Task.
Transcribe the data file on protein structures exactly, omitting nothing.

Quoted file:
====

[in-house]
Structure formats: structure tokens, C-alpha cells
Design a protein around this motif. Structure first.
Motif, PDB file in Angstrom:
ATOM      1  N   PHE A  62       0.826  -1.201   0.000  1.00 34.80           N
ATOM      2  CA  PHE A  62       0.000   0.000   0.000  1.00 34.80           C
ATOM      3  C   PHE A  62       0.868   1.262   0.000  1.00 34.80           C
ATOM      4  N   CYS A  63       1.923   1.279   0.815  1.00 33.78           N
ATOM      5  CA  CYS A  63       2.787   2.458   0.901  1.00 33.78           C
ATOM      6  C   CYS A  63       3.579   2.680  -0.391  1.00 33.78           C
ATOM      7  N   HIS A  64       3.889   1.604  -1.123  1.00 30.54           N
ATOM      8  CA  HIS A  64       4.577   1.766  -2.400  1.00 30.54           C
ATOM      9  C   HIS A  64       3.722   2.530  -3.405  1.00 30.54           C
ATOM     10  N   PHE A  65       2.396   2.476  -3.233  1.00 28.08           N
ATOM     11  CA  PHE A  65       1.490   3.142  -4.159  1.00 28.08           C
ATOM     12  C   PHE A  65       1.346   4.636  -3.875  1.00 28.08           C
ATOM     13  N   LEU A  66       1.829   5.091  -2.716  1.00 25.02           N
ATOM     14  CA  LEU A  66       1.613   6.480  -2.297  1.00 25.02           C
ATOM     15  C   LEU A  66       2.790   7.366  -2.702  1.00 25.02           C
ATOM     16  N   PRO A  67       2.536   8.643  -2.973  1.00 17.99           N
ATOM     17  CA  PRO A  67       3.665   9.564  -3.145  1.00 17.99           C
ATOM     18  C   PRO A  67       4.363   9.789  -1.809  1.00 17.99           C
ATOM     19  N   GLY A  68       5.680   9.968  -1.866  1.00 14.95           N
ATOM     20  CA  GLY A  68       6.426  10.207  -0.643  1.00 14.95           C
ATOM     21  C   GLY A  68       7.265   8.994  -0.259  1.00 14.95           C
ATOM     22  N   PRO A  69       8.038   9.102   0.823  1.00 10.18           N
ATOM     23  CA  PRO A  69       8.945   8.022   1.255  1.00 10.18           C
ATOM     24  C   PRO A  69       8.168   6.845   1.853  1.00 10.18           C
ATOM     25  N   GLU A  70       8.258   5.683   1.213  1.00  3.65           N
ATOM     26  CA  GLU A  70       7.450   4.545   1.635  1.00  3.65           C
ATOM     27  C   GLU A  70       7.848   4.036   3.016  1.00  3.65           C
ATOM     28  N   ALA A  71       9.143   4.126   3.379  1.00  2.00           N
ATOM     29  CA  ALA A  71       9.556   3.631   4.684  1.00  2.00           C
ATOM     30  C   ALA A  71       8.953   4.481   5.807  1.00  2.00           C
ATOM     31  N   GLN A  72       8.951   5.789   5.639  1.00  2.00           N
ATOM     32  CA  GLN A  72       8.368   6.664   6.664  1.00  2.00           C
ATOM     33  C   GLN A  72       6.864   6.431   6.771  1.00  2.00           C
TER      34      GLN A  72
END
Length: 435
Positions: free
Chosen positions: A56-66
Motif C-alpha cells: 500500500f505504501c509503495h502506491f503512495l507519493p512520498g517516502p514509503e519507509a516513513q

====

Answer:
[in-house]
Structure formats: structure tokens, C-alpha cells
Design a protein around this motif. Structure first.
Motif, PDB file in Angstrom:
ATOM      1  N   PHE A  62       0.826  -1.201   0.000  1.00 34.80           N
ATOM      2  CA  PHE A  62       0.000   0.000   0.000  1.00 34.80           C
ATOM      3  C   PHE A  62       0.868   1.262   0.000  1.00 34.80           C
ATOM      4  N   CYS A  63       1.923   1.279   0.815  1.00 33.78           N
ATOM      5  CA  CYS A  63       2.787   2.458   0.901  1.00 33.78           C
ATOM      6  C   CYS A  63       3.579   2.680  -0.391  1.00 33.78           C
ATOM      7  N   HIS A  64       3.889   1.604  -1.123  1.00 30.54           N
ATOM      8  CA  HIS A  64       4.577   1.766  -2.400  1.00 30.54           C
ATOM      9  C   HIS A  64       3.722   2.530  -3.405  1.00 30.54           C
ATOM     10  N   PHE A  65       2.396   2.476  -3.233  1.00 28.08           N
ATOM     11  CA  PHE A  65       1.490   3.142  -4.159  1.00 28.08           C
ATOM     12  C   PHE A  65       1.346   4.636  -3.875  1.00 28.08           C
ATOM     13  N   LEU A  66       1.829   5.091  -2.716  1.00 25.02           N
ATOM     14  CA  LEU A  66       1.613   6.480  -2.297  1.00 25.02           C
ATOM     15  C   LEU A  66       2.790   7.366  -2.702  1.00 25.02           C
ATOM     16  N   PRO A  67       2.536   8.643  -2.973  1.00 17.99           N
ATOM     17  CA  PRO A  67       3.665   9.564  -3.145  1.00 17.99           C
ATOM     18  C   PRO A  67       4.363   9.789  -1.809  1.00 17.99           C
ATOM     19  N   GLY A  68       5.680   9.968  -1.866  1.00 14.95           N
ATOM     20  CA  GLY A  68       6.426  10.207  -0.643  1.00 14.95           C
ATOM     21  C   GLY A  68       7.265   8.994  -0.259  1.00 14.95           C
ATOM     22  N   PRO A  69       8.038   9.102   0.823  1.00 10.18           N
ATOM     23  CA  PRO A  69       8.945   8.022   1.255  1.00 10.18           C
ATOM     24  C   PRO A  69       8.168   6.845   1.853  1.00 10.18           C
ATOM     25  N   GLU A  70       8.258   5.683   1.213  1.00  3.65           N
ATOM     26  CA  GLU A  70       7.450   4.545   1.635  1.00  3.65           C
ATOM     27  C   GLU A  70       7.848   4.036   3.016  1.00  3.65           C
ATOM     28  N   ALA A  71       9.143   4.126   3.379  1.00  2.00           N
ATOM     29  CA  ALA A  71       9.556   3.631   4.684  1.00  2.00           C
ATOM     30  C   ALA A  71       8.953   4.481   5.807  1.00  2.00           C
ATOM     31  N   GLN A  72       8.951   5.789   5.639  1.00  2.00           N
ATOM     32  CA  GLN A  72       8.368   6.664   6.664  1.00  2.00           C
ATOM     33  C   GLN A  72       6.864   6.431   6.771  1.00  2.00           C
TER      34      GLN A  72
END
Length: 435
Positions: free
Chosen positions: A56-66
Motif C-alpha cells: 500500500f505504501c509503495h502506491f503512495l507519493p512520498g517516502p514509503e519507509a516513513q